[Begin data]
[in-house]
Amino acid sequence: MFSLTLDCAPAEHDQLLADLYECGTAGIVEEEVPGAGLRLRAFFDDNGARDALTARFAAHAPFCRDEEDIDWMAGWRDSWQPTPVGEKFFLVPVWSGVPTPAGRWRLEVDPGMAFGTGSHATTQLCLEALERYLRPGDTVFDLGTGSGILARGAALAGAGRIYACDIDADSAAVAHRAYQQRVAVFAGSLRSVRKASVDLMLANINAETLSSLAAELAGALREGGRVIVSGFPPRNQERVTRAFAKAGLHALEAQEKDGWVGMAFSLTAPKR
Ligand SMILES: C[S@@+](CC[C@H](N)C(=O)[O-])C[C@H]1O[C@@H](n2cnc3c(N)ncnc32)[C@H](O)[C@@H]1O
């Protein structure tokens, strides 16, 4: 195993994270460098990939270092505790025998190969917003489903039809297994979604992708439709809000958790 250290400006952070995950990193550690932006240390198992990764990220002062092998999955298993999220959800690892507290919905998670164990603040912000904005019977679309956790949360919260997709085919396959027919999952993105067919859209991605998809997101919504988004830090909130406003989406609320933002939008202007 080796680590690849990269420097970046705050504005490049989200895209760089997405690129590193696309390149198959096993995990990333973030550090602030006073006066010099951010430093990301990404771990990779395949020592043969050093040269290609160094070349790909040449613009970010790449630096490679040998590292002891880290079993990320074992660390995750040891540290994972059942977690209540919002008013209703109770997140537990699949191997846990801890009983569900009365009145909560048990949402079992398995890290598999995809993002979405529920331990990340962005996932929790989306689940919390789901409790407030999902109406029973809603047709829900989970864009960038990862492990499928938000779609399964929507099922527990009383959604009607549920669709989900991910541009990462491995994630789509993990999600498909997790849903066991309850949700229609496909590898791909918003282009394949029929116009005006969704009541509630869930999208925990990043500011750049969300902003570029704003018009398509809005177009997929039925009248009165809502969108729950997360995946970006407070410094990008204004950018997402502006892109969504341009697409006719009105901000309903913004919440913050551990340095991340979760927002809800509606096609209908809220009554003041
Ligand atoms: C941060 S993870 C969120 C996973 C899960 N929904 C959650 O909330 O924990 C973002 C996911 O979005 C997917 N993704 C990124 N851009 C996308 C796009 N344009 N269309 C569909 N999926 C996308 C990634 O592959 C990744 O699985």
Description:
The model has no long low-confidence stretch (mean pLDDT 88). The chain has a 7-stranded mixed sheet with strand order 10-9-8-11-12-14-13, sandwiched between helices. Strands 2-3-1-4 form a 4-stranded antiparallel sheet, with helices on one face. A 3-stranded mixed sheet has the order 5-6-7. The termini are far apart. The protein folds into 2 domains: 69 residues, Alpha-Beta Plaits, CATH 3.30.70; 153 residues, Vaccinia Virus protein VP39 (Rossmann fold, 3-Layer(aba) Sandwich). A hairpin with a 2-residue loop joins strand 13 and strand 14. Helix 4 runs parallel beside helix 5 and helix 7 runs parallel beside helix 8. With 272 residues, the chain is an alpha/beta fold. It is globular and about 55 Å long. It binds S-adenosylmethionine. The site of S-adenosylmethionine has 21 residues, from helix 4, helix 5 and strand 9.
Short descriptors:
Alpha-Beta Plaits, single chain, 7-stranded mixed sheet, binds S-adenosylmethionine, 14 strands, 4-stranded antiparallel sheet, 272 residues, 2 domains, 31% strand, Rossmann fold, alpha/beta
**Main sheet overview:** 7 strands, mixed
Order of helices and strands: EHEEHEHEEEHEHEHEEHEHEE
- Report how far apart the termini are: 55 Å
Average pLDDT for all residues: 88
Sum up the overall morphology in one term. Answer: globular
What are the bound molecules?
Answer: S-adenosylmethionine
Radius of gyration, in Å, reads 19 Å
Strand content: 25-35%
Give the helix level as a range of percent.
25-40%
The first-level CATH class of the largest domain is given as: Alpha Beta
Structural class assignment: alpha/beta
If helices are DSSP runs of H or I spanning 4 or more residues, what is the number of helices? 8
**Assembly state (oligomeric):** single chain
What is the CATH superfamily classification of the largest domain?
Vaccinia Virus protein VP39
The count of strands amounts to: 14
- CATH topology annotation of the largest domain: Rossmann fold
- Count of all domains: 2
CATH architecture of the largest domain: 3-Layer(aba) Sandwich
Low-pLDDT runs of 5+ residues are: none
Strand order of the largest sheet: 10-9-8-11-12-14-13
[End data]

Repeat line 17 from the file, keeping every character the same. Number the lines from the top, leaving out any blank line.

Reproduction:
Radius of gyration, in Å, reads 19 Å